Outside the city site was the Taixue site, the highest seat of learning in the Eastern Han Dynasty to spread the Confucianism. First built in the 5th year of the Jianwu reign in the Eastern Han, the institution was constructed to an unprecedented scale in Emperor Shundi's reign, with 240 buildings and over 30,000 students. In the 4th reign year (175) of the Jiaping reign, 46 stone tablets were erected in front of the lecture room, on which engraved seven classics, namely Lu Poem, Shang Shu, Zhou Yi, Spring and Autumn Annals, Gongyang Zhuan, Rites, and Analects of Confucius. These tablets, also known as Jiaping Stone Tablets, were the earliest ones built under official order. In the 2nd year of the Zhengshi reign of Cao Wei, another 28 tablets were erected, which were known as Zhengshi Stone Tablets. A number of remnants of these tablets were unearthed in the early years of the Republic of China.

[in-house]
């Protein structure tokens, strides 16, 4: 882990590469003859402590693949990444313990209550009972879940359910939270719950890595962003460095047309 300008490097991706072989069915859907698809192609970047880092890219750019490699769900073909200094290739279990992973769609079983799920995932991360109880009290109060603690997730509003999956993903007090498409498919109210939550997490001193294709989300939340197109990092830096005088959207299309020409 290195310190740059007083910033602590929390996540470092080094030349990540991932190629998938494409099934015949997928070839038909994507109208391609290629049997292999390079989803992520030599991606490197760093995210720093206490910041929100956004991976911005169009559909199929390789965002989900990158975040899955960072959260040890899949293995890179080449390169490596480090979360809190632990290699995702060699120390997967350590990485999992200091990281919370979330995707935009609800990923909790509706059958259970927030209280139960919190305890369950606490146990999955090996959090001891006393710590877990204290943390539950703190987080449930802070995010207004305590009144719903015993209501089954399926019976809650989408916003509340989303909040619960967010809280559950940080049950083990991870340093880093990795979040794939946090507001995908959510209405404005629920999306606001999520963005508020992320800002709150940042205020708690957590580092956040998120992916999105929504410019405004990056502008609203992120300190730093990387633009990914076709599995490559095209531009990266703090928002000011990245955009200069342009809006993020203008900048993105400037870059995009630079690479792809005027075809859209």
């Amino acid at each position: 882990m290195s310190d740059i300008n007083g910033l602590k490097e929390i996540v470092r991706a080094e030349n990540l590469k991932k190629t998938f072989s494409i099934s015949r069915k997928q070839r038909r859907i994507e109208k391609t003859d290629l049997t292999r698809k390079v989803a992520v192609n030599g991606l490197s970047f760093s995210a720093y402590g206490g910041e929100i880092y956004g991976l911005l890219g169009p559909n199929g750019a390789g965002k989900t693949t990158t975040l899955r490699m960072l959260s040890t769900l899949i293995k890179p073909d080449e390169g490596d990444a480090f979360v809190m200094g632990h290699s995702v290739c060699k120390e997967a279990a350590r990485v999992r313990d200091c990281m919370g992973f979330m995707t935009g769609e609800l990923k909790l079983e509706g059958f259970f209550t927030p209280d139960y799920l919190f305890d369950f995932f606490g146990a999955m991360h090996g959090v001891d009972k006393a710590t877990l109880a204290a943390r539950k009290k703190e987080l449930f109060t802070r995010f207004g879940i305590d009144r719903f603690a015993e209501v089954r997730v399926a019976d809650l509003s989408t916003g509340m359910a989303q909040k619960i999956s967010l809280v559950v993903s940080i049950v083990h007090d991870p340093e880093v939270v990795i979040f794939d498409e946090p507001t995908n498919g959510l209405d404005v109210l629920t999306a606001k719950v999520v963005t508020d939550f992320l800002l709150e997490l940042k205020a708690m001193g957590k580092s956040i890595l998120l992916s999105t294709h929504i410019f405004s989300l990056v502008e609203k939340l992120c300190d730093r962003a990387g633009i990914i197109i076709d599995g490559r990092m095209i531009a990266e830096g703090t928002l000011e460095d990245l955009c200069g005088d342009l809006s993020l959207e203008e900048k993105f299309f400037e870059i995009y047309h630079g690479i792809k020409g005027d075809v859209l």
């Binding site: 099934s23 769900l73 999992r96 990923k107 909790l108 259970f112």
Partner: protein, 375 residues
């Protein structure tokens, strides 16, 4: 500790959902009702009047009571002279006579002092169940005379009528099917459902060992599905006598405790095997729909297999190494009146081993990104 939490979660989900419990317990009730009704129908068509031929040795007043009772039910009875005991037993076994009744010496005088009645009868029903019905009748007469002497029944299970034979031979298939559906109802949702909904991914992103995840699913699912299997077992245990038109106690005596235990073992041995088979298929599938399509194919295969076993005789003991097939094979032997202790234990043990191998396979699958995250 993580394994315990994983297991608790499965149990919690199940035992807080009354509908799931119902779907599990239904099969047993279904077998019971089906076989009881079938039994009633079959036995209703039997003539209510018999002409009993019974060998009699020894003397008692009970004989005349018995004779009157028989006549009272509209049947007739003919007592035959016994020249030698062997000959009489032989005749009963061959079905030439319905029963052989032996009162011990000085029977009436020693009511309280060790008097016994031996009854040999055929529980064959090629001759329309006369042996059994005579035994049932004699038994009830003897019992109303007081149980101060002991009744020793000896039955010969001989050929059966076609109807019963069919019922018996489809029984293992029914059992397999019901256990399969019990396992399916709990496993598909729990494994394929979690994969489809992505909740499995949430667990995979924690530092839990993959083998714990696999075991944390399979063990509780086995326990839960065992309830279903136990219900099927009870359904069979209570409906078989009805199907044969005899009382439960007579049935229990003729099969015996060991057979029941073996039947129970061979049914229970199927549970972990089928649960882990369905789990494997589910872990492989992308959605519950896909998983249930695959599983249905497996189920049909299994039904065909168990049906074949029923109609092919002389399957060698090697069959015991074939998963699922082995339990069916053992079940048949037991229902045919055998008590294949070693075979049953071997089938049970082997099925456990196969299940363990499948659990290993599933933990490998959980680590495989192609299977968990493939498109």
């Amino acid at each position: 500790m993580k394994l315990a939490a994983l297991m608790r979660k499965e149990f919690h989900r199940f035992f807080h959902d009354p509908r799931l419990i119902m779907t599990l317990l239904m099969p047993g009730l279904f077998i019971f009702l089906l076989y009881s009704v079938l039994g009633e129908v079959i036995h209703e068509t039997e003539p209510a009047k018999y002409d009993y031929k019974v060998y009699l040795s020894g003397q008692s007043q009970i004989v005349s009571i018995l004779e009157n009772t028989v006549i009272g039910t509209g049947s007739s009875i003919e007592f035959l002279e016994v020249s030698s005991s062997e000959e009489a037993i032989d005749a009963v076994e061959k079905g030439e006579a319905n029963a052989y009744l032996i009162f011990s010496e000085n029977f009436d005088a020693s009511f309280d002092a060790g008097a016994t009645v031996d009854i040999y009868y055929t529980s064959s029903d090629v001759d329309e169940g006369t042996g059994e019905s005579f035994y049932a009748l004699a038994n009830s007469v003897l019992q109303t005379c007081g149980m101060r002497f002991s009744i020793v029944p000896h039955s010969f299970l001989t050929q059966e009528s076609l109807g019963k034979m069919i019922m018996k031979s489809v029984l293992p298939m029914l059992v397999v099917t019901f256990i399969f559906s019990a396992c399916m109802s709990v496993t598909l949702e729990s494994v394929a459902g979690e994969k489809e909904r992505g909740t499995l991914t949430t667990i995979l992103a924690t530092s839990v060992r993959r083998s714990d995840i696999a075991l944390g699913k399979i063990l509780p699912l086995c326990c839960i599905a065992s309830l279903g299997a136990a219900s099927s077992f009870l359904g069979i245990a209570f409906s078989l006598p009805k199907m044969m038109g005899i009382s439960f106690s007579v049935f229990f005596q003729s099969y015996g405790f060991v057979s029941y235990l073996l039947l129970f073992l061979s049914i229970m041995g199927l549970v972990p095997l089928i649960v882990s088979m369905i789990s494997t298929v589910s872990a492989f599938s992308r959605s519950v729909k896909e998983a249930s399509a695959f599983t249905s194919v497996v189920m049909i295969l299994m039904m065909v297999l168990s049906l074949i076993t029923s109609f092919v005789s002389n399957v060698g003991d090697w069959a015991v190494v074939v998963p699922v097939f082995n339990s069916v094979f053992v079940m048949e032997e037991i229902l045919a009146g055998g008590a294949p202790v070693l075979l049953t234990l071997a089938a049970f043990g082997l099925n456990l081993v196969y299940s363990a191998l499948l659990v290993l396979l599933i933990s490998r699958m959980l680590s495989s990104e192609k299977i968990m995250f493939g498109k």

In the northwest corner of the city was the site of Jinyong City built by Emperor Mingdi of Cao Wei. Archaeological excavation and study revealed that the city was actually three small cities connected together. Jinyong City, shaped like the Chinese character , was 1,048 meters long from south to north and 255 meters wide from east to west, covering an area of 260,000 square meters. Leaning on Mangshan Mountain on the north side and a large city on the south, the city had solid walls and was situated in a strategic place. The strongly fortified city acted as the defensive military fortress for Luoyang City. Most deposed emperors and empresses of the Wei and Jin dynasties lived here. During the Western Wei Dynasty (535-557), a large-scale construction work was carried out in the city, with numerous towering buildings scattered all over the city, which shoot up in the sky like clouds when viewed from the ground. Jinyong City gradually fell into disuse after the Zhenguan reign in the Tang Dynasty (618-907).